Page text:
What would it be like to travel at the speed of light?

Imagine an infinitely long flat runway. You are running through it. At the speed of light. Let’s ignore the effects of relativity and resistance. The visible spectrum is painted on the runway, all the way from the start to the finish, meaning there’s infinitely many shades of all the 7 colors of the rainbow painted on the runway, each one easily distinguishable from the next. Yes, we are also assuming this is possible. An infinite number of trees are planted along the edges of the runway.

The speed of light is 300 000 000 m/s. Which means that any objects at a distance of 300 000 000 m from you will only be visible for a second after which you’d already have passed them. Any objects along your path relatively closer to you than the refresh-rate of your brain or your eyes or both, will not be perceptible.

You are standing at the starting point. On both sides of the runway, you can see a row of trees extending as far as the end of the runway, all of them look same age and length and appear to have the same amount of shrubbery. In short, they look identical. Your family and friends came to wish you good luck and are standing right behind you. Along with a whole crowd of people who paid to witness this miraculous feat. You got on your left another in runner, wearing red, who will start exactly one second after you and on your right is a runner, wearing violet, who will start exactly one second before you. All three of you have the same acceleration. All 3 of you are wearing heat and radiation resistant clothing.

The runner on your right has started. You see him become a red streak and disappear. The moment he disappears, you get hit by a wave of heat. Not that you should be looking at him cause after exactly one second you follow. Start running. Immediately after you start running, look at the runner behind you, you’d see him wearing violet instead of red as you get faster and depending on the shade of the red in his clothes, he may or may not completely disappear. This is due to the Doppler Effect.  You will know you’ve reached the speed of light when all you see behind you is an abyss of blackness. You might observe a flash of violet before that happens. The light from anything behind you never reaches you. Your field of vision is limited to 180deg from your immediate left to your immediate right. On your right you can see a purple streak extending all the way from slightly less than 260 000 000 m ahead of you to exactly 300 000 000 m ahead of you. That’s the runner who started before you. That streak is simply multiple images of him running.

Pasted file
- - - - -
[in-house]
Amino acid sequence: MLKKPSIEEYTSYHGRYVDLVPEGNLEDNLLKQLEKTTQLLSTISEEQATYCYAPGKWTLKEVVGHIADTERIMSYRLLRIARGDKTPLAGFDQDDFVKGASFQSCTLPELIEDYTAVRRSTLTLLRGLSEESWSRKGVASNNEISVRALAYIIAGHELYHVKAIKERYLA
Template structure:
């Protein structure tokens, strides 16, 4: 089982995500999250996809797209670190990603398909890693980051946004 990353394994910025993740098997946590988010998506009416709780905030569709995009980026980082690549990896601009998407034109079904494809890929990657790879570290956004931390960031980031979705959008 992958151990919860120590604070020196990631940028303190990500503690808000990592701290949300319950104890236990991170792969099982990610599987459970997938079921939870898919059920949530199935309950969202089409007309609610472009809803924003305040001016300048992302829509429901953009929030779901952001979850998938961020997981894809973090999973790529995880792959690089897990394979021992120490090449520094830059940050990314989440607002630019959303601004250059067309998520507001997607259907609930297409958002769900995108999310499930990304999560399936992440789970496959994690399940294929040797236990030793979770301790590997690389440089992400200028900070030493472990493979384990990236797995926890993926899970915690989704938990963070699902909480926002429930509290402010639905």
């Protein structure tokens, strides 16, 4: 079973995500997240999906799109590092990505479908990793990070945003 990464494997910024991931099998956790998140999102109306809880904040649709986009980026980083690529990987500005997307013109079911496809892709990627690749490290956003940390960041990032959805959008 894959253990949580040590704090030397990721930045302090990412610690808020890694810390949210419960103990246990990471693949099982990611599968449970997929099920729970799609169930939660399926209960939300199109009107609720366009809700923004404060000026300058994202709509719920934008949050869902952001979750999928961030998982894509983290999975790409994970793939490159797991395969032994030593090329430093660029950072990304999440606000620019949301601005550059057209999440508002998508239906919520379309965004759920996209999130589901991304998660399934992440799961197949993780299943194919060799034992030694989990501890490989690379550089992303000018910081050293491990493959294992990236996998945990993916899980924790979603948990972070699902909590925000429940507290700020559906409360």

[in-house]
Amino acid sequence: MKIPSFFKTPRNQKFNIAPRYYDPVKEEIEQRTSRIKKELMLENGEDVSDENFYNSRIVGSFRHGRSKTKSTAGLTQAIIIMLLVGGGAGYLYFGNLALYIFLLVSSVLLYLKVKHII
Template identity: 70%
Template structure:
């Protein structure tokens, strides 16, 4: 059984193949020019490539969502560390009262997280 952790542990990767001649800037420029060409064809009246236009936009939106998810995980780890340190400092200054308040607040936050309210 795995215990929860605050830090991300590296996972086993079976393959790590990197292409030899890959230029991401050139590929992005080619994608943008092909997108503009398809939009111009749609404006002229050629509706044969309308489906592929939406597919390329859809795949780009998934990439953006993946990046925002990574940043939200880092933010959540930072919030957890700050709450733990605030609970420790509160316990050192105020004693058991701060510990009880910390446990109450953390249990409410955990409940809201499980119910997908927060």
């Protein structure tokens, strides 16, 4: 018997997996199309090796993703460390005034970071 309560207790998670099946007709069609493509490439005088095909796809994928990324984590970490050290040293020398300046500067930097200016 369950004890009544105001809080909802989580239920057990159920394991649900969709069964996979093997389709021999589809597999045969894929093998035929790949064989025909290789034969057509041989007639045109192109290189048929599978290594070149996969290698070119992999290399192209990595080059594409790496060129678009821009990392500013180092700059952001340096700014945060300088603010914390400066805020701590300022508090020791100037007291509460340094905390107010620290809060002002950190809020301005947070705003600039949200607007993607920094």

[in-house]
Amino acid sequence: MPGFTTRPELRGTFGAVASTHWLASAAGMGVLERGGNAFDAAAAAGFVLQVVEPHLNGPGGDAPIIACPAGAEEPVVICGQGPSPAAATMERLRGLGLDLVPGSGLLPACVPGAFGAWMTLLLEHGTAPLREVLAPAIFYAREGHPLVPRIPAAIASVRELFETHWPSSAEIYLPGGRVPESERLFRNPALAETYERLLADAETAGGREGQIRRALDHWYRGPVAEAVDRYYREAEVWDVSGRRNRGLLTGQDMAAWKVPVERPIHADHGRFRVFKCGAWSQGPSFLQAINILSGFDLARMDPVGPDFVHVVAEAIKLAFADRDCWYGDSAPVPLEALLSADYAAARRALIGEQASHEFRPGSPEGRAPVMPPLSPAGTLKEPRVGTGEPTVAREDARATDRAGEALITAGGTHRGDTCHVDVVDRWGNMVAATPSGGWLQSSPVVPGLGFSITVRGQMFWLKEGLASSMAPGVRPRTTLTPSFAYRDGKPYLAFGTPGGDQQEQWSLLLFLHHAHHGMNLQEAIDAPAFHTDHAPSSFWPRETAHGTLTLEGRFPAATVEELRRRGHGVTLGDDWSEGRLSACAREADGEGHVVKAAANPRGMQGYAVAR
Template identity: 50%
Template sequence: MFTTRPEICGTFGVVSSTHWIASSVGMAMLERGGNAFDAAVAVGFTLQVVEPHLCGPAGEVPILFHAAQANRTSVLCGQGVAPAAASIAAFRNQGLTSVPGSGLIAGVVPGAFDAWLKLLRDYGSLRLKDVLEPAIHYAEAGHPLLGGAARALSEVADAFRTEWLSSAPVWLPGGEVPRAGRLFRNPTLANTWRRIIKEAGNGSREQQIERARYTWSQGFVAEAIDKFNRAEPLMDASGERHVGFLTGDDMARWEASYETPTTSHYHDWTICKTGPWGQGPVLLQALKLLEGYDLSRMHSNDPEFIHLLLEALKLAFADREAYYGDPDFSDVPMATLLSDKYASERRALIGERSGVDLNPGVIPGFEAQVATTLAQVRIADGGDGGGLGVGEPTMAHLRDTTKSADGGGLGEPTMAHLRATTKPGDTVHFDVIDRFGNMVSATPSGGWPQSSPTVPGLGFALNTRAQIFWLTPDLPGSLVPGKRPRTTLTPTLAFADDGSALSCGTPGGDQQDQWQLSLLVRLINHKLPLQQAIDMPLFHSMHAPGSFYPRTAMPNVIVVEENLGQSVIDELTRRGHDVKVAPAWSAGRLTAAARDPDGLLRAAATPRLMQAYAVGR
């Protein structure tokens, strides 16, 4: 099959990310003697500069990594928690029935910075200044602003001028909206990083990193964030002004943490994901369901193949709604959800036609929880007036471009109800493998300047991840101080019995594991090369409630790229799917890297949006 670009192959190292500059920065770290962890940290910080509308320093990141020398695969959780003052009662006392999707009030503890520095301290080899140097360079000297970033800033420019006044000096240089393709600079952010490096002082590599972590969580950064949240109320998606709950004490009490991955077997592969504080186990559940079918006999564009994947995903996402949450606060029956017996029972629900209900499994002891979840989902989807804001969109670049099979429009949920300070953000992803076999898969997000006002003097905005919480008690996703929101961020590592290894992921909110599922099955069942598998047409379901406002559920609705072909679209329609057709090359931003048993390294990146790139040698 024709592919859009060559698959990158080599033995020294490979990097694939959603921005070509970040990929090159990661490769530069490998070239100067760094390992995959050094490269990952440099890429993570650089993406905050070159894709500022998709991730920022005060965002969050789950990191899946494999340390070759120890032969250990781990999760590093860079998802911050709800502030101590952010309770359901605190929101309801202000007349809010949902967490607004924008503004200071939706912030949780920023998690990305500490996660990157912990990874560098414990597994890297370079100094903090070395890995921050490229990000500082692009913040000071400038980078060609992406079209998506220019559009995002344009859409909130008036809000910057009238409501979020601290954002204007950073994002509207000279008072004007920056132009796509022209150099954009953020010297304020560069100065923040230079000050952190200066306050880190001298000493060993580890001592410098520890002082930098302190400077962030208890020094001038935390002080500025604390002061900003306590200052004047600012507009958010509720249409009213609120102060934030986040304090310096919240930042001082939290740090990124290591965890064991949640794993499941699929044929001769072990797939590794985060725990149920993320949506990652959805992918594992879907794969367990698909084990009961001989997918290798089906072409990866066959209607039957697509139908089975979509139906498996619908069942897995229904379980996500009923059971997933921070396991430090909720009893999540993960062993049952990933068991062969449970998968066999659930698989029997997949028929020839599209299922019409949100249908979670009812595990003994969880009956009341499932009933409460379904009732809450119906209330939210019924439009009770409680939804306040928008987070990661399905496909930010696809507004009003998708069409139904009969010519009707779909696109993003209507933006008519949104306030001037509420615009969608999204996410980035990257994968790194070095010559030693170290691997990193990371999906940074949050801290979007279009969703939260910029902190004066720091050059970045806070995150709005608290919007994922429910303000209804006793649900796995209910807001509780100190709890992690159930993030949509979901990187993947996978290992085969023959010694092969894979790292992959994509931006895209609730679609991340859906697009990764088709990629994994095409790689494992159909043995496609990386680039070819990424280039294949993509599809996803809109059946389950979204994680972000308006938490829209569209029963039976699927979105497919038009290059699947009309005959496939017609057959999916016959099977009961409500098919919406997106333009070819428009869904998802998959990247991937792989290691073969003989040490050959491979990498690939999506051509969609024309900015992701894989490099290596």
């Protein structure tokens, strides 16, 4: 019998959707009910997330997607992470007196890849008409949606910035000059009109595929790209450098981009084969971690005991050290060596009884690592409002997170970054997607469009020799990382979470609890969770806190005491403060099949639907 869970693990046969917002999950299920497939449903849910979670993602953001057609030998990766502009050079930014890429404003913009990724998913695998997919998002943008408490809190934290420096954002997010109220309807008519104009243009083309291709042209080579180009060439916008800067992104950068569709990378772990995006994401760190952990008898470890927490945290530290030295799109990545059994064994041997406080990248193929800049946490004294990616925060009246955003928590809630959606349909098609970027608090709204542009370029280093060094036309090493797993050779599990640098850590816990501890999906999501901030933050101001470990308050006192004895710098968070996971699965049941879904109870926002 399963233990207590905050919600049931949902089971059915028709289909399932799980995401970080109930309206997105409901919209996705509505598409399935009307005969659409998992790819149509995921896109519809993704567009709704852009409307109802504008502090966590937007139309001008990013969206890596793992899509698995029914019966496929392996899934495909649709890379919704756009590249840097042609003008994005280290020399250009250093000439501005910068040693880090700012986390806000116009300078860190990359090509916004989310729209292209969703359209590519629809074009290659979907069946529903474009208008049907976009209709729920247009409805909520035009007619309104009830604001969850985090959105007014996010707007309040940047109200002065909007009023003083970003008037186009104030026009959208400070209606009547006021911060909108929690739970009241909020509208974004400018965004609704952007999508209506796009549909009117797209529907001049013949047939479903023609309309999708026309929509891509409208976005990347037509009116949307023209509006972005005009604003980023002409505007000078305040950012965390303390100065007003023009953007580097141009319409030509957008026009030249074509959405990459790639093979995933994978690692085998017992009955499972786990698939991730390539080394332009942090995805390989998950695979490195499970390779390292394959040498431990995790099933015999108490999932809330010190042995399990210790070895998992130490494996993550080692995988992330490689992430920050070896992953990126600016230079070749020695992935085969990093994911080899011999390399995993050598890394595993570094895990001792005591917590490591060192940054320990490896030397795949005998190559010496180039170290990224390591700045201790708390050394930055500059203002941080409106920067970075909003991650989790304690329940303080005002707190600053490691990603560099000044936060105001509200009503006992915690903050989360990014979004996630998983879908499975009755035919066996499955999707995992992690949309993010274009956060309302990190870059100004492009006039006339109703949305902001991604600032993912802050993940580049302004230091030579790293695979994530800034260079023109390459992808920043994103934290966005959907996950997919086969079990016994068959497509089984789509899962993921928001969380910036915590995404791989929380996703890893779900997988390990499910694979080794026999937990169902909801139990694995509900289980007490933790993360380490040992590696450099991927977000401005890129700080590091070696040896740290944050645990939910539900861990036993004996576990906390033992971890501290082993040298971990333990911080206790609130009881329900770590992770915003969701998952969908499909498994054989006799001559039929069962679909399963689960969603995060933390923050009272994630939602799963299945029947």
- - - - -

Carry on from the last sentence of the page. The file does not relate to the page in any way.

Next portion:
If you look down at the painted ground, instead of seeing the colors change smoothly, you’d see them flickering into each other. Kinda like jumping straight from bright red to yellowish orange, because you are moving faster than the time it takes for the brain to “refresh” the image you see. The smaller the angle between your line of sight and the ground, the smoother the transition from one color to the next. Meaning, if you look directly at the ground and then slowly move your eyes upwards, you’d see the change between colors getting smoother, however the rate of that change would keep on getting smaller, and eventually, you’ll be able to see each shade for almost a whole second. But you will be looking at the color of the ground 300 000 000 m away from you.